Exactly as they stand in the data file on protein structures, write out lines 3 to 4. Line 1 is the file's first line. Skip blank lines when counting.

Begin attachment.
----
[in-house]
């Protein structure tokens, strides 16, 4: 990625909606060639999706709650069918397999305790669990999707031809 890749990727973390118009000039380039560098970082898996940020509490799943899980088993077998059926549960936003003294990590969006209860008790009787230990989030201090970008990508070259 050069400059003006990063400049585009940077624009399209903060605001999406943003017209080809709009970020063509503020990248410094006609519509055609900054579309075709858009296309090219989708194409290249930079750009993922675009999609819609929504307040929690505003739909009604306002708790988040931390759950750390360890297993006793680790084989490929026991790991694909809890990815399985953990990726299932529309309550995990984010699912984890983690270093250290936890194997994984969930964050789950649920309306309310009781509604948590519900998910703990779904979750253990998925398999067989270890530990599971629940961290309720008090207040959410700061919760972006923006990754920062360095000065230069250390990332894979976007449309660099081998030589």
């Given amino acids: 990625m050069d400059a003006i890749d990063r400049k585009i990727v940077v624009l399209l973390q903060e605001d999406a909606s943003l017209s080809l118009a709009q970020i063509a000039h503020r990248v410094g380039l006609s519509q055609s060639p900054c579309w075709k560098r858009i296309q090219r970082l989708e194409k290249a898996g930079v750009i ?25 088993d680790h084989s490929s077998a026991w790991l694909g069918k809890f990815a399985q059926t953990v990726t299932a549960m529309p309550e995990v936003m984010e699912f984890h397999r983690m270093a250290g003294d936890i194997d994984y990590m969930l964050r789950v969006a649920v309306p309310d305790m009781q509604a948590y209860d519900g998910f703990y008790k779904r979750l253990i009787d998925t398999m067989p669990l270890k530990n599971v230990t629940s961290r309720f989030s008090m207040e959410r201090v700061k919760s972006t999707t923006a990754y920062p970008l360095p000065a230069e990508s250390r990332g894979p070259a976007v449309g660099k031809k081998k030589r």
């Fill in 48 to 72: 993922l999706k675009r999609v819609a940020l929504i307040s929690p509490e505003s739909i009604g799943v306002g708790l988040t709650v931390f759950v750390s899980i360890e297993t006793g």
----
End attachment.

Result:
């Given amino acids: 990625m050069d400059a003006i890749d990063r400049k585009i990727v940077v624009l399209l973390q903060e605001d999406a909606s943003l017209s080809l118009a709009q970020i063509a000039h503020r990248v410094g380039l006609s519509q055609s060639p900054c579309w075709k560098r858009i296309q090219r970082l989708e194409k290249a898996g930079v750009i ?25 088993d680790h084989s490929s077998a026991w790991l694909g069918k809890f990815a399985q059926t953990v990726t299932a549960m529309p309550e995990v936003m984010e699912f984890h397999r983690m270093a250290g003294d936890i194997d994984y990590m969930l964050r789950v969006a649920v309306p309310d305790m009781q509604a948590y209860d519900g998910f703990y008790k779904r979750l253990i009787d998925t398999m067989p669990l270890k530990n599971v230990t629940s961290r309720f989030s008090m207040e959410r201090v700061k919760s972006t999707t923006a990754y920062p970008l360095p000065a230069e990508s250390r990332g894979p070259a976007v449309g660099k031809k081998k030589r």
């Fill in 48 to 72: 993922l999706k675009r999609v819609a940020l929504i307040s929690p509490e505003s739909i009604g799943v306002g708790l988040t709650v931390f759950v750390s899980i360890e297993t006793g």